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Small improvements make big difference in the regions affected by conflicts

By Etuna Tsotniashvili
Friday, July 20
Life remains difficult near the administrative boundary line with Abkhazia. Still, local residents continue to rebuild their lives.

Residents of Pakhulani in the Tsalenjikha District – the last village before the conflict divide, never thought of moving to another place. Instead, they focus on rebuilding the lost trust and confidence.

Liana Apakidze, 66, has been working in the Pakhulani kindergarten for 43 years now. Lack of maintenance for the last decades made the building almost completely unusable and about to collapse. But children kept coming from both sides and Liana never abandoned her duties maintaining respect and admiration of children, parents and local residents.

Apakidze’s hard work and dedication paid off, and now she is a proud director of a modern, newly constructed kindergarten. She says that her dream came true after so many years. Most important is that children can now attend their classes in a comfortable and safe environment.

The Pakhulani kindergarten was rehabilitated when the UN Development Programme (UNDP) with funds from the government of Norway, supported several community initiatives in the region. At the community meeting, the village unanimously voted for the new kindergarten. UNDP, with co-funding from the local municipality (the overall budget is [GEL] 116, 000, out of which [GEL] 42, 000 was covered by the local government), organized the construction, which was successfully completed in June 2012. The new building will welcome more than 50 kids in September.

The interest in the new school is so high that some children will even travel several kilometres to attend– including those who pass the administrative boundary line. The overall number of those children is not high but the interest increases daily.

“We try to create a comfortable place for children to learn. That is why many families want their children to attend our kindergarten. We received many applications this summer and now are faced with the challenge to meet the increased demand. This building is not large enough to accept all the applicants but we always try to accommodate those who are coming from the Abkhaz side,” Apakidze told The Messenger, adding that more than 10 children from Abkhazia will join the kindergarten in September.

Nineli Kvirkvelia, 60, is a history teacher at the Pakhulani public school. She lives in Saberio, on the other side of the conflict divide, and has to travel several kilometres to teach her classes. “We have a kindergarten there [Abkhazia] but learning is in Russian. I decided to send my grandchildren to the school in Pakhulani where a new kindergarten has been built. My grandchildren and their friends like it a lot,” she said.

Kvirkvelia explains that as they grow her grandchildren will be attending a Georgian school too.

“Russian guards know me; they know I am a teacher in that school and so they let me cross and take the children along. A school bus is waiting for us on the Georgian side and takes us to the school,” she says, adding that her neighbors would also like to send their children to Georgian schools but they are afraid of the difficulties while crossing the administrative line.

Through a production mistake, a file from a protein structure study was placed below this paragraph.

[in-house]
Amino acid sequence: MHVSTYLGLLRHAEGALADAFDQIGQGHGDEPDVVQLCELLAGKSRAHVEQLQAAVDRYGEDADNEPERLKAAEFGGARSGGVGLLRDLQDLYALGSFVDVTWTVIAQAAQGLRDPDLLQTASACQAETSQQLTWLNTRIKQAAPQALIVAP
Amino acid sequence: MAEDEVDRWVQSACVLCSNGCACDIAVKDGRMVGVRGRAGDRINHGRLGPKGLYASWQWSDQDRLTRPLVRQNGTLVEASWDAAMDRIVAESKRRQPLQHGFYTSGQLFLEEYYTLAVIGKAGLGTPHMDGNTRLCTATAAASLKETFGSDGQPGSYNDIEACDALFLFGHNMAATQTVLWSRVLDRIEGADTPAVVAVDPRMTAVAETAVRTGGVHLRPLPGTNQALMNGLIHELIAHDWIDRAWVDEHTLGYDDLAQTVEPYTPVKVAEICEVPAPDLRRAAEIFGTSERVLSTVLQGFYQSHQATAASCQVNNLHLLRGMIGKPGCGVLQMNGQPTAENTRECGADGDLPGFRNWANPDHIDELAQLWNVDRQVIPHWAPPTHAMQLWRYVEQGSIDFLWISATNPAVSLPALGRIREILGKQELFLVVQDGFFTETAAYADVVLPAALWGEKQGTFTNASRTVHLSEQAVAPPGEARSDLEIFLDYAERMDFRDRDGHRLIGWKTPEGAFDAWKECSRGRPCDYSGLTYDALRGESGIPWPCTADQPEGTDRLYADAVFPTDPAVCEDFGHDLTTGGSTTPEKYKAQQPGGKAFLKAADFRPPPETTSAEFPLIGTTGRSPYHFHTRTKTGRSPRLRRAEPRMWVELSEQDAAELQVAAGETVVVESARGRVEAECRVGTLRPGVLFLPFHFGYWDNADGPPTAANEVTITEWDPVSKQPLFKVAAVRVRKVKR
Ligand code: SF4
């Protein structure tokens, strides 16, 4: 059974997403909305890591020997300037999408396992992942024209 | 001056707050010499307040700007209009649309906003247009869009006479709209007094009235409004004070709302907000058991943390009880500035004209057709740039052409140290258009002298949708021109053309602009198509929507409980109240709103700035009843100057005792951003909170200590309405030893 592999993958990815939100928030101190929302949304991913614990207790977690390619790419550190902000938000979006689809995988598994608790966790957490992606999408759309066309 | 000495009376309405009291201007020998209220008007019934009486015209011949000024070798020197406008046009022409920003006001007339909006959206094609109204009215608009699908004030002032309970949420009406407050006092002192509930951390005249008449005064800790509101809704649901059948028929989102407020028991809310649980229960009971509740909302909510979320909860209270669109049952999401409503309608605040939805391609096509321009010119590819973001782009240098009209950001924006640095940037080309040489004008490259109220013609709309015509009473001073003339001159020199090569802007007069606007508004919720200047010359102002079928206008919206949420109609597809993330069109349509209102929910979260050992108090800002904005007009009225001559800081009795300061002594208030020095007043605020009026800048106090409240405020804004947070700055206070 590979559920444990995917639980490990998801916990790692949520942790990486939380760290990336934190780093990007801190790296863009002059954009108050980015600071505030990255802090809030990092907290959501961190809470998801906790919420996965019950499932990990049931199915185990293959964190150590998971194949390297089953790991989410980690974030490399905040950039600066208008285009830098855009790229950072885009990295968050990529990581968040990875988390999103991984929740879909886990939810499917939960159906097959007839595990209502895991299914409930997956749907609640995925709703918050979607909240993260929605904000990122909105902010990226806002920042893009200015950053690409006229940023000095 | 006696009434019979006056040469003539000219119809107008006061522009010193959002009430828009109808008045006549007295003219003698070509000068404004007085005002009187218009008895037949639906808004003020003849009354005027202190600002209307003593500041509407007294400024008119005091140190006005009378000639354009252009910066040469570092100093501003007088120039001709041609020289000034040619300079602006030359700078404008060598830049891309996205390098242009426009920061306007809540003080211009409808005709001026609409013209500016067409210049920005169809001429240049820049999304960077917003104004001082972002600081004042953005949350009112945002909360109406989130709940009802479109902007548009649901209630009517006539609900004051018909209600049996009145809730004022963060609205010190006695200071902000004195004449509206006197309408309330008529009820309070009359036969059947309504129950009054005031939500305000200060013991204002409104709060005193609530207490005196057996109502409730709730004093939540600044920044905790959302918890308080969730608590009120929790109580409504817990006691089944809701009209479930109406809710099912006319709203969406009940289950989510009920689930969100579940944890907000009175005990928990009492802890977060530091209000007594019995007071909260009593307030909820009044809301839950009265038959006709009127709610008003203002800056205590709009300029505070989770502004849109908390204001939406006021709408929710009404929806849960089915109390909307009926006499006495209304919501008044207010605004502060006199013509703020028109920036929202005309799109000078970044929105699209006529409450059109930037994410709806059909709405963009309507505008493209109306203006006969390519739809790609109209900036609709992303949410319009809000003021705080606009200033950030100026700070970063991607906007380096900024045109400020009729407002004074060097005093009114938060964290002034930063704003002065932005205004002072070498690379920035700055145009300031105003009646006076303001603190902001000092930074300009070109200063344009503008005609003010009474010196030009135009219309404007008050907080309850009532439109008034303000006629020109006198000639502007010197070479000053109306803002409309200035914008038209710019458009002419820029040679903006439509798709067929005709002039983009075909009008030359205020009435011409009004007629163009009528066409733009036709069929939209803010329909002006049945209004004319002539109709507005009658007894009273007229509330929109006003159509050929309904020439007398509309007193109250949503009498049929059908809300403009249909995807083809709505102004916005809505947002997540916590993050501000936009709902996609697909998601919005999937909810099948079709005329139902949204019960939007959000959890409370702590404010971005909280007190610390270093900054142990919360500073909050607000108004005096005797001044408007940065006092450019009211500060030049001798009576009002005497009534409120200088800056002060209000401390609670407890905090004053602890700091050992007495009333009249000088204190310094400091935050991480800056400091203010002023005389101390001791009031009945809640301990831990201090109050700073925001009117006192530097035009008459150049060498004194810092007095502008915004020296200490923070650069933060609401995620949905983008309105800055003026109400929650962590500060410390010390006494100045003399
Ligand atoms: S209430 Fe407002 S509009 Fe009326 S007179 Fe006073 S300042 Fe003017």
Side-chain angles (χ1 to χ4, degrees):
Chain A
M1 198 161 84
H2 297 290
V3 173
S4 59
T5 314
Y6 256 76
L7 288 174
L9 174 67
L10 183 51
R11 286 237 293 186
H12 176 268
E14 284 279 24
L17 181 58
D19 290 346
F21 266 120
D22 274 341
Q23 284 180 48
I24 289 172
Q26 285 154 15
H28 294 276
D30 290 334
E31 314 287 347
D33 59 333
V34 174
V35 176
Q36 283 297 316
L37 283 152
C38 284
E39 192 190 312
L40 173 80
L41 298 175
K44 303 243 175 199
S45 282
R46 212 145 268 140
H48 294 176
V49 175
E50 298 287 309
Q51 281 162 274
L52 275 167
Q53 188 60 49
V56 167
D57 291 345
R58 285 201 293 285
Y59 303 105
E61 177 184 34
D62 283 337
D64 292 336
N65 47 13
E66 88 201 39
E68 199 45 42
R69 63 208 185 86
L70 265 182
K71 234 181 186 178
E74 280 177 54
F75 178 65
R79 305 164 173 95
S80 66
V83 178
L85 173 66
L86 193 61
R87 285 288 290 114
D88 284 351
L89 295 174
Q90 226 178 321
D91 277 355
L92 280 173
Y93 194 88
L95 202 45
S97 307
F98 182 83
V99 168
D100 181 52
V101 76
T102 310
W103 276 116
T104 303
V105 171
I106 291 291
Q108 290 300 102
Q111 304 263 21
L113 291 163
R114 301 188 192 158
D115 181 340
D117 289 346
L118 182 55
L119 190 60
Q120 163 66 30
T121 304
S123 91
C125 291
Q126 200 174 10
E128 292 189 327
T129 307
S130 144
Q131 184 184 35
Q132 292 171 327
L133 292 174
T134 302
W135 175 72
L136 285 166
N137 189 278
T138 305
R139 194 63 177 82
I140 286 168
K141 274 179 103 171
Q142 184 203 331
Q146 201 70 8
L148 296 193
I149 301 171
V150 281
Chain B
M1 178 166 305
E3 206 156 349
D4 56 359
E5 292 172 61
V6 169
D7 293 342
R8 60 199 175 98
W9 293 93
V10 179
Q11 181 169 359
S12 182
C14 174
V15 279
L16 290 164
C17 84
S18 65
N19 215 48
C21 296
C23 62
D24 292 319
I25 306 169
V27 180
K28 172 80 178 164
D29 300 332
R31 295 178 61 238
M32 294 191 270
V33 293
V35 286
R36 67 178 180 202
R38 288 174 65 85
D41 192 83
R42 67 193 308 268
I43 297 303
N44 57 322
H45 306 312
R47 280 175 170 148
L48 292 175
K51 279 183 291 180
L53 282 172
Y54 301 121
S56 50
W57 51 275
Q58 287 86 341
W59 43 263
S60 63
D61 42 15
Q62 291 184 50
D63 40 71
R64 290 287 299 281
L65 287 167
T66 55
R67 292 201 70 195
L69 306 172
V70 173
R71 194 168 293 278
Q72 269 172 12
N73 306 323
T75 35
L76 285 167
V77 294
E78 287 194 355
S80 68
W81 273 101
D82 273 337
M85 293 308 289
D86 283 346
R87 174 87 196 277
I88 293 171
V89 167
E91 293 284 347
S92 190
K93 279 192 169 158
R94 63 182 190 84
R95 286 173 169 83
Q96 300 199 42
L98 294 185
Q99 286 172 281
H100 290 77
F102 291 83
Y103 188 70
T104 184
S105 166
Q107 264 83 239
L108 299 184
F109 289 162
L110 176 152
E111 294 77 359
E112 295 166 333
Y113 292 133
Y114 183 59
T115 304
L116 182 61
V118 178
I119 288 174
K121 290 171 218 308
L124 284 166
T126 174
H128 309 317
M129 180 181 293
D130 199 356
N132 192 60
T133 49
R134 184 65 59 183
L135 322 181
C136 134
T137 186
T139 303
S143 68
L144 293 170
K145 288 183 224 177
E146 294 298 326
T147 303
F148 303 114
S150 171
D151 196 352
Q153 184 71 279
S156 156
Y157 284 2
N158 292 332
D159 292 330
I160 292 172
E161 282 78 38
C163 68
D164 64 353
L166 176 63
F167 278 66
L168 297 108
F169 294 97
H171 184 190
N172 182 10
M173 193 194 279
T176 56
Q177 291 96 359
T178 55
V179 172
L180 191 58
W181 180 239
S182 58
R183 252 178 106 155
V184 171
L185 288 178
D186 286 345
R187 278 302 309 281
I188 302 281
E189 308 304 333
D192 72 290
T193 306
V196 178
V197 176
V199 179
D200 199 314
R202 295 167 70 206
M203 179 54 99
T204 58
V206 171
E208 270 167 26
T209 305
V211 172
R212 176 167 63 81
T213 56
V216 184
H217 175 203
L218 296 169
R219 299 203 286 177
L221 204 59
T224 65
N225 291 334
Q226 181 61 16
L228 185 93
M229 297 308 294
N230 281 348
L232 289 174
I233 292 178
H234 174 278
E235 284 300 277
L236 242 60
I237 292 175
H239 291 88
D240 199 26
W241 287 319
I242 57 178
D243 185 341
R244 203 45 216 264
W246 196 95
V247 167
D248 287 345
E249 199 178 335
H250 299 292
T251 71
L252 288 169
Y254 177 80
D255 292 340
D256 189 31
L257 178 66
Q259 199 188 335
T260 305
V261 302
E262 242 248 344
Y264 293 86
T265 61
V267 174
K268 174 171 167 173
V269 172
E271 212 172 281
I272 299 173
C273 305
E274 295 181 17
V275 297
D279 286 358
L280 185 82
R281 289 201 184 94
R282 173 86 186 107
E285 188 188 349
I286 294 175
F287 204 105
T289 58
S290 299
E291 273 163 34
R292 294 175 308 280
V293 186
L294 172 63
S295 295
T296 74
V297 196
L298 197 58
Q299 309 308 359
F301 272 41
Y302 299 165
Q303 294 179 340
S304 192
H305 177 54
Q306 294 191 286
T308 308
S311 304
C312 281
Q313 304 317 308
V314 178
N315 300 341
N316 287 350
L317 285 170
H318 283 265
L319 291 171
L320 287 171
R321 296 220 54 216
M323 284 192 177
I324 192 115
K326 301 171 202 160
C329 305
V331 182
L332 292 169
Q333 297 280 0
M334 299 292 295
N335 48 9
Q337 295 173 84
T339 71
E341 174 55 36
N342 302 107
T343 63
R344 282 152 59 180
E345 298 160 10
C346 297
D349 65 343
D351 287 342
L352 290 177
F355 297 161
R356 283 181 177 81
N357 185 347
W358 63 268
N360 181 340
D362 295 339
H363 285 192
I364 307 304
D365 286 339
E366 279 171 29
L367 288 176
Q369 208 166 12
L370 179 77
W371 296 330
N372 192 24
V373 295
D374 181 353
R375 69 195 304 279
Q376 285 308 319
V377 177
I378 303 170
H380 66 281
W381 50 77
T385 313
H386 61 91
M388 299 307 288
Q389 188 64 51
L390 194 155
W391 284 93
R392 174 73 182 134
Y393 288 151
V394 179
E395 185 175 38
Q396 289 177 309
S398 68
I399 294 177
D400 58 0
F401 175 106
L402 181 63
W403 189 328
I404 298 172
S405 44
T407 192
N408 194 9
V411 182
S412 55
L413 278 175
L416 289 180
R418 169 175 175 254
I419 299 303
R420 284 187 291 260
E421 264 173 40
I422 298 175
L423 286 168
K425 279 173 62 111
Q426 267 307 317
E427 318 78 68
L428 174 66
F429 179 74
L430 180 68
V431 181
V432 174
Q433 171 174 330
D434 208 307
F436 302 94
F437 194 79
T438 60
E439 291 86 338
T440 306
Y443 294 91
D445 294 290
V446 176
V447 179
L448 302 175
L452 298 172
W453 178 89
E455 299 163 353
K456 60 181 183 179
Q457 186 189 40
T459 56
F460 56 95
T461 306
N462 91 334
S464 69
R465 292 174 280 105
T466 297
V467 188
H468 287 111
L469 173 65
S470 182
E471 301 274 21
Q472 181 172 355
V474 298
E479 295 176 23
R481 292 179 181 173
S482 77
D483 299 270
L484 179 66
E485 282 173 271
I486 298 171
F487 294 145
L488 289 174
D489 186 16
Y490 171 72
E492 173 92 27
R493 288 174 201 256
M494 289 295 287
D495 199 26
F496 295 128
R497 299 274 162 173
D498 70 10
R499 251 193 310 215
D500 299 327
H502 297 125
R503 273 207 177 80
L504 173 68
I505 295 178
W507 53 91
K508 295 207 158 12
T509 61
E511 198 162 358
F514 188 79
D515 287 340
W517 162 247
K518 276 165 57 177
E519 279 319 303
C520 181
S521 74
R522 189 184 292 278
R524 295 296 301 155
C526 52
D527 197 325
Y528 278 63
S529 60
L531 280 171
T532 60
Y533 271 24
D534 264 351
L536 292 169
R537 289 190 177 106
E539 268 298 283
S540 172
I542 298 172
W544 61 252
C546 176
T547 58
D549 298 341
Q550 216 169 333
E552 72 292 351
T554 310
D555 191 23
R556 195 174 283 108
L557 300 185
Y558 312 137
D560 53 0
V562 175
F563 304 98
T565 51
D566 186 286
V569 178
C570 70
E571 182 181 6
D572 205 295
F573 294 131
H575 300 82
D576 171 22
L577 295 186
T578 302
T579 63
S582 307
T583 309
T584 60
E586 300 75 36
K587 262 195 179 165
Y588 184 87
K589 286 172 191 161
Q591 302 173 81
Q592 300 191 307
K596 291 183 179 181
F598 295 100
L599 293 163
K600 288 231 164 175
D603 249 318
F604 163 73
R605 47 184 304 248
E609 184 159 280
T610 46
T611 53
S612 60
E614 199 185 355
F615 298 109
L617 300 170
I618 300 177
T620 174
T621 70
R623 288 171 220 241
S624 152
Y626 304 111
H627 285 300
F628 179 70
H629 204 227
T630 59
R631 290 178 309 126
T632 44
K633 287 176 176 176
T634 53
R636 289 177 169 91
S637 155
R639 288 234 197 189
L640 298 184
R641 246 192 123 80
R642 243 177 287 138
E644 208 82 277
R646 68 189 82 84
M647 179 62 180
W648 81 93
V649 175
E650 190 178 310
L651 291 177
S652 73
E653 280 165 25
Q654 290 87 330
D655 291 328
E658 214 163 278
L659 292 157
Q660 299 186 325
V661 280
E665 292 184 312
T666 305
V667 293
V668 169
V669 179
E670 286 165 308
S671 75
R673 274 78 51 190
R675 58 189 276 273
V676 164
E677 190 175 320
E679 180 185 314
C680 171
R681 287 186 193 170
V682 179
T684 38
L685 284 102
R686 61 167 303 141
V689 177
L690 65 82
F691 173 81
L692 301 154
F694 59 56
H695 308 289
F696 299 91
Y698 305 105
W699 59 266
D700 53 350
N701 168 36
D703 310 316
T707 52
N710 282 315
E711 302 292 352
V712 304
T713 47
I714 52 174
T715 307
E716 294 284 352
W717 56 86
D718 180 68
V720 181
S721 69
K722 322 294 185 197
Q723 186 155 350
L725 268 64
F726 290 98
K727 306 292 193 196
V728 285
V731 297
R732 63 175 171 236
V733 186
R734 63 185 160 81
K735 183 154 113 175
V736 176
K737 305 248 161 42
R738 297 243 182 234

Those from the Abkhaz side can also benefit from dental services provided in Pakhulani. People queue up at the entrance of a dental office waiting for the young doctor’s help. Thirty-two year-old Nana Shonia is the only dentist in Pakhulani and two nearby villages.

After graduating from the local high school in Pakhulani, Nana continued her studies in Tbilisi, in one of the medical universities. She came back home in 2009 and opened a small dental office despite the troubles with old equipment and expensive medicines. At first she thought her business would not be successful. But in 2011, when UNDP introduced consultation services for small businesses in the region, Nana received her first loan from one of the microfinance institutions and purchased a new dental chair. As her income increased, she decided to continue her studies and raise her professional qualifications.

“People come from both sides and I do my best to serve them. If I had a chance I would have worked in Abkhazia with pleasure but it is not possible today.”

Nana thinks about expanding her practice, improving quality and raising professional standards. She sets prices according to the local living standards and is happy with her monthly income. Three people are employed in her small clinic and the average monthly income is about GEL 800.

“I did not know how to handle loans and couldn’t risk dealing with the banks. The consultants at the business centre helped me to become more confident. The quality of my work improved and the number of patients has already increased,” Nana says.

Seven community initiatives have been accomplished in Samegrelo with UNDP assistance and another six will begin in July, 2012. The local authorities of Khobi, Senaki, Tsalenjikha and Poti City have contributed from 25 to 45 per cent of the total budget to each of the projects, including the repairing of the water supply system in three municipalities and the rehabilitation of kindergartens and sport grounds in the villages.

More than 80 thousand people in Samegrelo benefitted from this programme. For many this was the way to escape the lingering sense of insecurity and take the future into their hands.